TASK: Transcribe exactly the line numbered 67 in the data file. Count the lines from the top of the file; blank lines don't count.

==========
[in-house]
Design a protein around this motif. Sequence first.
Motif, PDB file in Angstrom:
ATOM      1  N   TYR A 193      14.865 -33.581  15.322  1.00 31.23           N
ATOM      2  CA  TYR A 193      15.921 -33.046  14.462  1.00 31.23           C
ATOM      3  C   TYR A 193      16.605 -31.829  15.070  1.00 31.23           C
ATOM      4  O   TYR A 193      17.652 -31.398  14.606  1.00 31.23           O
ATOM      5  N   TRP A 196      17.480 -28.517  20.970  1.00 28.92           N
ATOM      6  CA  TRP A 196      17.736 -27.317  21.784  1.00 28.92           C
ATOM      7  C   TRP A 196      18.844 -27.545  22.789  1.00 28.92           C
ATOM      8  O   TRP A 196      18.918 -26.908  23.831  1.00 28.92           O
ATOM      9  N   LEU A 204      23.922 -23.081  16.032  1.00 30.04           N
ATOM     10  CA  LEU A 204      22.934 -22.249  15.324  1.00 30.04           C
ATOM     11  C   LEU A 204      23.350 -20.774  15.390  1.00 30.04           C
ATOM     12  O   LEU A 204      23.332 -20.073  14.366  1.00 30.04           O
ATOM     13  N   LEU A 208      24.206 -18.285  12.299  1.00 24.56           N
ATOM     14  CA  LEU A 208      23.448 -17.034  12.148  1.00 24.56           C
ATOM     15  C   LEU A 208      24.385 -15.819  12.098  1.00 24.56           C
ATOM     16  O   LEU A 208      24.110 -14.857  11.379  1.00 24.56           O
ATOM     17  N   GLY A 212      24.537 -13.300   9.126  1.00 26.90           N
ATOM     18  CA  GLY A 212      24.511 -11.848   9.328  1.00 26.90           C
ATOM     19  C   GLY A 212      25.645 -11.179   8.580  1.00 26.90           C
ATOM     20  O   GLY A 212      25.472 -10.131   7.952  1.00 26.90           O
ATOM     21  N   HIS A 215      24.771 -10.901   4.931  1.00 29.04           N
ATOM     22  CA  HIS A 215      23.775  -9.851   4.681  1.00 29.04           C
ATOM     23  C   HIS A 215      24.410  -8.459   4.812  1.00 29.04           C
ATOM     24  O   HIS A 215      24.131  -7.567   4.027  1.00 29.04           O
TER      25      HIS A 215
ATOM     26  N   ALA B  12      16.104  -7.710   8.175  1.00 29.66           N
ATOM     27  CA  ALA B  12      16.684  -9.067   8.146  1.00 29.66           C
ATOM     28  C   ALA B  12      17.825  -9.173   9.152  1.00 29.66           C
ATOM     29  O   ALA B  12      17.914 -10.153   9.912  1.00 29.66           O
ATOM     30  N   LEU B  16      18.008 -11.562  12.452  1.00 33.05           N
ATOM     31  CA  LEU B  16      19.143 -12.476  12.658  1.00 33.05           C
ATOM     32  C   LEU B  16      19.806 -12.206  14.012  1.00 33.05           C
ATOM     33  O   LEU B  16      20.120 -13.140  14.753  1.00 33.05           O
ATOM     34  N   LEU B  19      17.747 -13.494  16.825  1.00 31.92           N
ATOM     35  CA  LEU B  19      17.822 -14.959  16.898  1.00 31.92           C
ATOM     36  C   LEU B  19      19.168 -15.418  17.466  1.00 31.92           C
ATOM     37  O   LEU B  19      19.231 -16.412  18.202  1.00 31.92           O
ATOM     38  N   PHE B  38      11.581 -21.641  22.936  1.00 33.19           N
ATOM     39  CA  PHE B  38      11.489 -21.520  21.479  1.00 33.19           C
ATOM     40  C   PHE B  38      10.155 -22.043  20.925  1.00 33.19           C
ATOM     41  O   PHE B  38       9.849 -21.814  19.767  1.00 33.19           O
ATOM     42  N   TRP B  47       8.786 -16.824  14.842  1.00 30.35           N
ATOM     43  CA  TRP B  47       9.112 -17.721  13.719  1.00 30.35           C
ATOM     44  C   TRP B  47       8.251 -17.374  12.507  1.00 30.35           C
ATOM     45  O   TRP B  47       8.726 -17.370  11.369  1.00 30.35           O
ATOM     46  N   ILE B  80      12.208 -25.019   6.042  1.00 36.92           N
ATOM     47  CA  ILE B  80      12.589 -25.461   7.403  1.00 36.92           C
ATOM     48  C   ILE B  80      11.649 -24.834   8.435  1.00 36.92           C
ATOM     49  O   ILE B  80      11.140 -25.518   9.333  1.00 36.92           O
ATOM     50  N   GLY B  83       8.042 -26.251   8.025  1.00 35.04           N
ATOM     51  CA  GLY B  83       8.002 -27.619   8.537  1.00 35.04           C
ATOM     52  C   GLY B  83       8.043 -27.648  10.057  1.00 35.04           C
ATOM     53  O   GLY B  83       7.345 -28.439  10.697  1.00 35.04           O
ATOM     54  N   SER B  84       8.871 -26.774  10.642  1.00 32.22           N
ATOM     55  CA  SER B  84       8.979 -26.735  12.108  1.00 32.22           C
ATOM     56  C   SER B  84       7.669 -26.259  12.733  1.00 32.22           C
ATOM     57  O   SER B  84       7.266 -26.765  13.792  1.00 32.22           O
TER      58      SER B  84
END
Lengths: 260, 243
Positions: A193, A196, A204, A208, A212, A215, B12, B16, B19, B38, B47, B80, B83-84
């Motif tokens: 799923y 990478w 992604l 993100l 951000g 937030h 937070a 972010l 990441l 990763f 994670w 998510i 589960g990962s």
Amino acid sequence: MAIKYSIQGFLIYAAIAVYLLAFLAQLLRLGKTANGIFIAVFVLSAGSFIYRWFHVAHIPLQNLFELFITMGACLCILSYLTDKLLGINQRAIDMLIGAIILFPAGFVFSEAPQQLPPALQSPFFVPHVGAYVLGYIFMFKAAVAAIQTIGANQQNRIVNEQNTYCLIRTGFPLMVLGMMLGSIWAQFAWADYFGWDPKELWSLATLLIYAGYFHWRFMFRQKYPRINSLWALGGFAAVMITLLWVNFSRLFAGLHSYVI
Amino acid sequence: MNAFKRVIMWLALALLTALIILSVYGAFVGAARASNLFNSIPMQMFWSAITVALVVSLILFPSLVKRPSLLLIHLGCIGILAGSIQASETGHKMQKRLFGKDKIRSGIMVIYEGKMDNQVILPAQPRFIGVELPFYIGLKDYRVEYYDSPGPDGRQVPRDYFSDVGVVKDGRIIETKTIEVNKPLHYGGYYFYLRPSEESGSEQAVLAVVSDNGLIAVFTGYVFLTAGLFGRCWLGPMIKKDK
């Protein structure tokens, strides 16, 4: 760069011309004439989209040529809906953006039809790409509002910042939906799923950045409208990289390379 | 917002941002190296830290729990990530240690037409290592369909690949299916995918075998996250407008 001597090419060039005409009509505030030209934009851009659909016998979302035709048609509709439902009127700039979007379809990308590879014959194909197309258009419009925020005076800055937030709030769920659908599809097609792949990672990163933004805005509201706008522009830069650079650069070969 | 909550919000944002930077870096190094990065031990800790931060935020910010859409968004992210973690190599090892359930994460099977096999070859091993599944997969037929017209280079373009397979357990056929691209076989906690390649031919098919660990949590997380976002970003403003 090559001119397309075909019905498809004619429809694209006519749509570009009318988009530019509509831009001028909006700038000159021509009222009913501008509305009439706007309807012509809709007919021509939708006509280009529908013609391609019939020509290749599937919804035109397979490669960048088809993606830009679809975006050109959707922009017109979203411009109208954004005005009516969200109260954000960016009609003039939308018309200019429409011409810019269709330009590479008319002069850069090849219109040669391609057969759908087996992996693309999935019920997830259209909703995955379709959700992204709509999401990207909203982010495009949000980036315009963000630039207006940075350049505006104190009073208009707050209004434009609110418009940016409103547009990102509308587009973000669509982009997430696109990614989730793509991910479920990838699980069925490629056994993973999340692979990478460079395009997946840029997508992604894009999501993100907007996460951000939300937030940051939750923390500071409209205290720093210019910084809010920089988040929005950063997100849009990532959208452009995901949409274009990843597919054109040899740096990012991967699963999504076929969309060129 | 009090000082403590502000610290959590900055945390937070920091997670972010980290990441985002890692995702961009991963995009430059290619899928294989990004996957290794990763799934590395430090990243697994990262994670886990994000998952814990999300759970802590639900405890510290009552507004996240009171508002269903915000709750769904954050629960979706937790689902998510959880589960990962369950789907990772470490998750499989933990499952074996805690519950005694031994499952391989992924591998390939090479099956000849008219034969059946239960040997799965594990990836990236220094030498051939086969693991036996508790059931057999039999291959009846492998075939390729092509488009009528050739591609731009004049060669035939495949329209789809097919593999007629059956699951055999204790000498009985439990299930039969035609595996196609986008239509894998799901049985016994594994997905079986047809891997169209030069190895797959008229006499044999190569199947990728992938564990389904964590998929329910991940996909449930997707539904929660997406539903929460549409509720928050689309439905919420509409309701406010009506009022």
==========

Amino acid sequence: MNAFKRVIMWLALALLTALIILSVYGAFVGAARASNLFNSIPMQMFWSAITVALVVSLILFPSLVKRPSLLLIHLGCIGILAGSIQASETGHKMQKRLFGKDKIRSGIMVIYEGKMDNQVILPAQPRFIGVELPFYIGLKDYRVEYYDSPGPDGRQVPRDYFSDVGVVKDGRIIETKTIEVNKPLHYGGYYFYLRPSEESGSEQAVLAVVSDNGLIAVFTGYVFLTAGLFGRCWLGPMIKKDK